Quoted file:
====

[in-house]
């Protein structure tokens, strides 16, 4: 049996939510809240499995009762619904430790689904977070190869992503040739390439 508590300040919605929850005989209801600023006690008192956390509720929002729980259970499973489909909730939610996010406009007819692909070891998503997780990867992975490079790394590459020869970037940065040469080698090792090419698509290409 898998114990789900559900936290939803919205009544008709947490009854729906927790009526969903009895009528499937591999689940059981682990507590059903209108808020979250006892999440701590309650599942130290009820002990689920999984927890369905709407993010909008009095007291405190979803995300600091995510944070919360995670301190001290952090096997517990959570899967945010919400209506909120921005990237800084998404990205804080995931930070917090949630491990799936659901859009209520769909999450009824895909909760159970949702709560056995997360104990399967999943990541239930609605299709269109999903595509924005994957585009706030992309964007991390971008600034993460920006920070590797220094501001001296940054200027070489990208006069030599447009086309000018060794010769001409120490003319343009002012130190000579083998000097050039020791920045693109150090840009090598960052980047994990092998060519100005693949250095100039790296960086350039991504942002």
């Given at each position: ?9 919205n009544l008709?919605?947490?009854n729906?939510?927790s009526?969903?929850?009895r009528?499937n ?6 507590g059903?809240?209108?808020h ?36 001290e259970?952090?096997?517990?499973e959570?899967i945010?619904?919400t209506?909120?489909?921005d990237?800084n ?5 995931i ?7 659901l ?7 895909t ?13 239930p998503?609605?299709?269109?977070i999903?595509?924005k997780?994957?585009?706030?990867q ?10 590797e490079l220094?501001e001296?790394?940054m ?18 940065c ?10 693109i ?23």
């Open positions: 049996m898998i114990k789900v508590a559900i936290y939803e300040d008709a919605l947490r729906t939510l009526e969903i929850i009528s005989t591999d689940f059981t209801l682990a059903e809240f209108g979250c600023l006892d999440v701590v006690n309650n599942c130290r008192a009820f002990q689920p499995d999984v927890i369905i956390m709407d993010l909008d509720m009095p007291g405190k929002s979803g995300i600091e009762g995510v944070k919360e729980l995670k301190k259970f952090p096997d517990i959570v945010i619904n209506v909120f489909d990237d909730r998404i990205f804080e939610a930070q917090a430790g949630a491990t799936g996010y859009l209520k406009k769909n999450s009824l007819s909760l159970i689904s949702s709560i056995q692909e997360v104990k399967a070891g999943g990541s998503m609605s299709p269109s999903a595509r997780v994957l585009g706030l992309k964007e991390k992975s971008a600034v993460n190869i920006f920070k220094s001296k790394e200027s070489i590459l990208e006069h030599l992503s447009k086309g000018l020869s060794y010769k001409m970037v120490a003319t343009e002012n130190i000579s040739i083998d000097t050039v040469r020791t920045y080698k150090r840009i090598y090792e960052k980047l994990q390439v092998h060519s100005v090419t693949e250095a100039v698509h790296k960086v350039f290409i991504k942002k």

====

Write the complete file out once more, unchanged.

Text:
[in-house]
């Protein structure tokens, strides 16, 4: 049996939510809240499995009762619904430790689904977070190869992503040739390439 508590300040919605929850005989209801600023006690008192956390509720929002729980259970499973489909909730939610996010406009007819692909070891998503997780990867992975490079790394590459020869970037940065040469080698090792090419698509290409 898998114990789900559900936290939803919205009544008709947490009854729906927790009526969903009895009528499937591999689940059981682990507590059903209108808020979250006892999440701590309650599942130290009820002990689920999984927890369905709407993010909008009095007291405190979803995300600091995510944070919360995670301190001290952090096997517990959570899967945010919400209506909120921005990237800084998404990205804080995931930070917090949630491990799936659901859009209520769909999450009824895909909760159970949702709560056995997360104990399967999943990541239930609605299709269109999903595509924005994957585009706030992309964007991390971008600034993460920006920070590797220094501001001296940054200027070489990208006069030599447009086309000018060794010769001409120490003319343009002012130190000579083998000097050039020791920045693109150090840009090598960052980047994990092998060519100005693949250095100039790296960086350039991504942002």
């Given at each position: ?9 919205n009544l008709?919605?947490?009854n729906?939510?927790s009526?969903?929850?009895r009528?499937n ?6 507590g059903?809240?209108?808020h ?36 001290e259970?952090?096997?517990?499973e959570?899967i945010?619904?919400t209506?909120?489909?921005d990237?800084n ?5 995931i ?7 659901l ?7 895909t ?13 239930p998503?609605?299709?269109?977070i999903?595509?924005k997780?994957?585009?706030?990867q ?10 590797e490079l220094?501001e001296?790394?940054m ?18 940065c ?10 693109i ?23």
């Open positions: 049996m898998i114990k789900v508590a559900i936290y939803e300040d008709a919605l947490r729906t939510l009526e969903i929850i009528s005989t591999d689940f059981t209801l682990a059903e809240f209108g979250c600023l006892d999440v701590v006690n309650n599942c130290r008192a009820f002990q689920p499995d999984v927890i369905i956390m709407d993010l909008d509720m009095p007291g405190k929002s979803g995300i600091e009762g995510v944070k919360e729980l995670k301190k259970f952090p096997d517990i959570v945010i619904n209506v909120f489909d990237d909730r998404i990205f804080e939610a930070q917090a430790g949630a491990t799936g996010y859009l209520k406009k769909n999450s009824l007819s909760l159970i689904s949702s709560i056995q692909e997360v104990k399967a070891g999943g990541s998503m609605s299709p269109s999903a595509r997780v994957l585009g706030l992309k964007e991390k992975s971008a600034v993460n190869i920006f920070k220094s001296k790394e200027s070489i590459l990208e006069h030599l992503s447009k086309g000018l020869s060794y010769k001409m970037v120490a003319t343009e002012n130190i000579s040739i083998d000097t050039v040469r020791t920045y080698k150090r840009i090598y090792e960052k980047l994990q390439v092998h060519s100005v090419t693949e250095a100039v698509h790296k960086v350039f290409i991504k942002k």